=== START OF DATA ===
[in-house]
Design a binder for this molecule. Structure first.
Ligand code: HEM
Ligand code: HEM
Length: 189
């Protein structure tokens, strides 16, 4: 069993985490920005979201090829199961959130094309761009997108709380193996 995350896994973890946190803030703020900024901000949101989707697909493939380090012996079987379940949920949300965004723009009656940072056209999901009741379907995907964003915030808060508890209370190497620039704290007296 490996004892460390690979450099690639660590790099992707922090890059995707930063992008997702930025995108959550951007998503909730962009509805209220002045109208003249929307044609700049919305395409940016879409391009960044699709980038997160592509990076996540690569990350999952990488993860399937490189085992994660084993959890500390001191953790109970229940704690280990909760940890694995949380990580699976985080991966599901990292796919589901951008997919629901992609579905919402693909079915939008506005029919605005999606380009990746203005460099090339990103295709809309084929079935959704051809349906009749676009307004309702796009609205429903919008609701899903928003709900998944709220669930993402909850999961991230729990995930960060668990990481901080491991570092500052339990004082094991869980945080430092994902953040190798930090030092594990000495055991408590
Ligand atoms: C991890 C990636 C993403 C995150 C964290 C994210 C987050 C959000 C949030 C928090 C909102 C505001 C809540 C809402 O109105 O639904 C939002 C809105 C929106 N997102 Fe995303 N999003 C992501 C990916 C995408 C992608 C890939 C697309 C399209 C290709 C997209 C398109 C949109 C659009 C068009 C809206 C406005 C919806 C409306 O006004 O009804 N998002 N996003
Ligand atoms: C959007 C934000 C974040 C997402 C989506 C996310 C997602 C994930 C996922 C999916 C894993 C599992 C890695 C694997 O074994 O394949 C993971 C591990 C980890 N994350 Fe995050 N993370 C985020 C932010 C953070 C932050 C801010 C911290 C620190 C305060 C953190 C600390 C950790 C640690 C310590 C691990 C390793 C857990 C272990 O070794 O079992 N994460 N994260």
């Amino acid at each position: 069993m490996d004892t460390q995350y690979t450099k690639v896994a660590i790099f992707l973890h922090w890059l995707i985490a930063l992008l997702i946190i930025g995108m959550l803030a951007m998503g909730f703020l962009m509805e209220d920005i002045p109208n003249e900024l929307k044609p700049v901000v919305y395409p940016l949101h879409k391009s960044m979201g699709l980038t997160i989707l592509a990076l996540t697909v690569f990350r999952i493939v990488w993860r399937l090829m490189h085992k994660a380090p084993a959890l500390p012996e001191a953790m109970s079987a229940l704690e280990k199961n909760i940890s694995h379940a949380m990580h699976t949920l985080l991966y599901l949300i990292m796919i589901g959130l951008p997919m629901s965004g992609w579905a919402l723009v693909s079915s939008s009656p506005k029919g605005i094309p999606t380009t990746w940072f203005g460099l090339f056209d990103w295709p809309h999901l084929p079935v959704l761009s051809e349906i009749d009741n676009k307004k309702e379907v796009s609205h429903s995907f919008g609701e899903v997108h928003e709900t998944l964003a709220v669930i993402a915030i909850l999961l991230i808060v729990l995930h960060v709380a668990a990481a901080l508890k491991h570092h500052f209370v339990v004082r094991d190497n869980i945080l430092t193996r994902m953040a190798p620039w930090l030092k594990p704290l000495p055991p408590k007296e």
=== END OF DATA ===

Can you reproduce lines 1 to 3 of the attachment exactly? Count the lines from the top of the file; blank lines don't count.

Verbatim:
[in-house]
Design a binder for this molecule. Structure first.
Ligand code: HEM